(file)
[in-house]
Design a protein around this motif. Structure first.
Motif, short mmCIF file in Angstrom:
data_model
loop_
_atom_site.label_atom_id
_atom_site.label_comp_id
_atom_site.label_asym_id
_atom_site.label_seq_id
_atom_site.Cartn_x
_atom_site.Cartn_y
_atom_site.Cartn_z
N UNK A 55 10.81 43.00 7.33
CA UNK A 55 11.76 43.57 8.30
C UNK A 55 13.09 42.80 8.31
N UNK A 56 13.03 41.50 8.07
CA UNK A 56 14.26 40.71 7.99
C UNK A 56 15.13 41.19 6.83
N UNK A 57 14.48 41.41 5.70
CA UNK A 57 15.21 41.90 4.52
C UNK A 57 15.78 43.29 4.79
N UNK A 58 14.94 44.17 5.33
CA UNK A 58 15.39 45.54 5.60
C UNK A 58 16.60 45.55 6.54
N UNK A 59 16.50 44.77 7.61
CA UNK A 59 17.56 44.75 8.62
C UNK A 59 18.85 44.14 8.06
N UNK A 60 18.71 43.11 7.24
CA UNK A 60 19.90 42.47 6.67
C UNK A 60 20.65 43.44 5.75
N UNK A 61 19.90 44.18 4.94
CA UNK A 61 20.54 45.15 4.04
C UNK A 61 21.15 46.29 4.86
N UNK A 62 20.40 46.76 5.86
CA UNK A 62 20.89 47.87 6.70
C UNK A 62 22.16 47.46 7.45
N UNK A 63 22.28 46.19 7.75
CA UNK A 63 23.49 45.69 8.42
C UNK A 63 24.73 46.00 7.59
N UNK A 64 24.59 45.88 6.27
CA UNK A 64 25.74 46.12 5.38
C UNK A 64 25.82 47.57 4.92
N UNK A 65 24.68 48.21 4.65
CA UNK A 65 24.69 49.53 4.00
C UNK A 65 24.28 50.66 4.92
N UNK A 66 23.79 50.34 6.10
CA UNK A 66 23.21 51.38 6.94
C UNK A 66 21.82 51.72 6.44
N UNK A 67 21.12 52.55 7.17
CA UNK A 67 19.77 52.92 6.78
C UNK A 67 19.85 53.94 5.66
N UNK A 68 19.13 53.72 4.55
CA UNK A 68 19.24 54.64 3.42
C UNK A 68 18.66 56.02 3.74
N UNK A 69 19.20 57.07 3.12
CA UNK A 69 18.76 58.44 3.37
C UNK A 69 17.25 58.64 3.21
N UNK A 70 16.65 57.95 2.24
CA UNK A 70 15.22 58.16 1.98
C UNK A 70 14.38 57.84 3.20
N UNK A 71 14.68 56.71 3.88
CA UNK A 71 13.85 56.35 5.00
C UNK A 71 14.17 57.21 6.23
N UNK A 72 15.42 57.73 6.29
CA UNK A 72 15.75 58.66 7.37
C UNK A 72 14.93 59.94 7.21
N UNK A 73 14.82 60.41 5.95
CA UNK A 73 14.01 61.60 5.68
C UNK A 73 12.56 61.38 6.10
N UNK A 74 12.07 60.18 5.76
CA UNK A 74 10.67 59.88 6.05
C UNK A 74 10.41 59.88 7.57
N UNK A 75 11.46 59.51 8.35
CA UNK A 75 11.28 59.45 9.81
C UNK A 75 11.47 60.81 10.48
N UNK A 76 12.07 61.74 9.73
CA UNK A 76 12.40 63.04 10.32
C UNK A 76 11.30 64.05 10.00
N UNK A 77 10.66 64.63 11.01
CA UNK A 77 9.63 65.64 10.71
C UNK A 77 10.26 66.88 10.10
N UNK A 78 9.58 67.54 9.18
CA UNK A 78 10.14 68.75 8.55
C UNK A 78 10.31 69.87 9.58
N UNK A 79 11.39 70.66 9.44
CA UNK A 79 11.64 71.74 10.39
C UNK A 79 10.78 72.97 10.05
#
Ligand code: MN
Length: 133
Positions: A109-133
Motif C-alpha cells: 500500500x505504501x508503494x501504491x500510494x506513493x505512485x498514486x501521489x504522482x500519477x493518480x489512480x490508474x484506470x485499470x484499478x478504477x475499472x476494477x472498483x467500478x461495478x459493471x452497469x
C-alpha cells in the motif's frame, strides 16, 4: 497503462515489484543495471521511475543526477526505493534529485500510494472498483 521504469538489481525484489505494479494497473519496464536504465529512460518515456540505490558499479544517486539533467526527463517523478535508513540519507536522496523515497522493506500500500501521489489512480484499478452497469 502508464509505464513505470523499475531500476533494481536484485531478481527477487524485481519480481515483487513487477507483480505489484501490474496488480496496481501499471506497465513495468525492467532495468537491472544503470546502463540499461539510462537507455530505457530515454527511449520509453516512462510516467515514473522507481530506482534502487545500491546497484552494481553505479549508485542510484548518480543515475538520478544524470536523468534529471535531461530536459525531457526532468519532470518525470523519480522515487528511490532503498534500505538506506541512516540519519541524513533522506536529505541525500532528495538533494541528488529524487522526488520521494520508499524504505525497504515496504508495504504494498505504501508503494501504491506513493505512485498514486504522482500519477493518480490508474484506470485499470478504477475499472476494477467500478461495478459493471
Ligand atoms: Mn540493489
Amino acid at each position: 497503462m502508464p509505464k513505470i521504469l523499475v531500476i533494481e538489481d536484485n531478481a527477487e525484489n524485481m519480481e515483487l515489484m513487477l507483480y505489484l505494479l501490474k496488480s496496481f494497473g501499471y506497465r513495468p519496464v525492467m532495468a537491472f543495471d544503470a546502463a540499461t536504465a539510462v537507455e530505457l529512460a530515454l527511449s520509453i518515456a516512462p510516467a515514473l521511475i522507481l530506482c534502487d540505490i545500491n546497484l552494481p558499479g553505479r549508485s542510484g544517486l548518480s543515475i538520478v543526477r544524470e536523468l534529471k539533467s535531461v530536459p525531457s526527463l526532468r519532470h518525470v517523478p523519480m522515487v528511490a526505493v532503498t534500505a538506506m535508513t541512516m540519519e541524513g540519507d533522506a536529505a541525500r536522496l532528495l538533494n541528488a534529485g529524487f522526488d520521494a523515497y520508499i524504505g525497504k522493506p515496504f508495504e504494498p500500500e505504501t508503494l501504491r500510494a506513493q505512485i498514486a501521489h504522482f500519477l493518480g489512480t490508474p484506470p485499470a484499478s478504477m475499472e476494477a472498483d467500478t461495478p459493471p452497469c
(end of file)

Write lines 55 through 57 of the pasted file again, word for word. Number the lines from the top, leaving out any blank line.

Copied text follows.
N UNK A 69 19.20 57.07 3.12
CA UNK A 69 18.76 58.44 3.37
C UNK A 69 17.25 58.64 3.21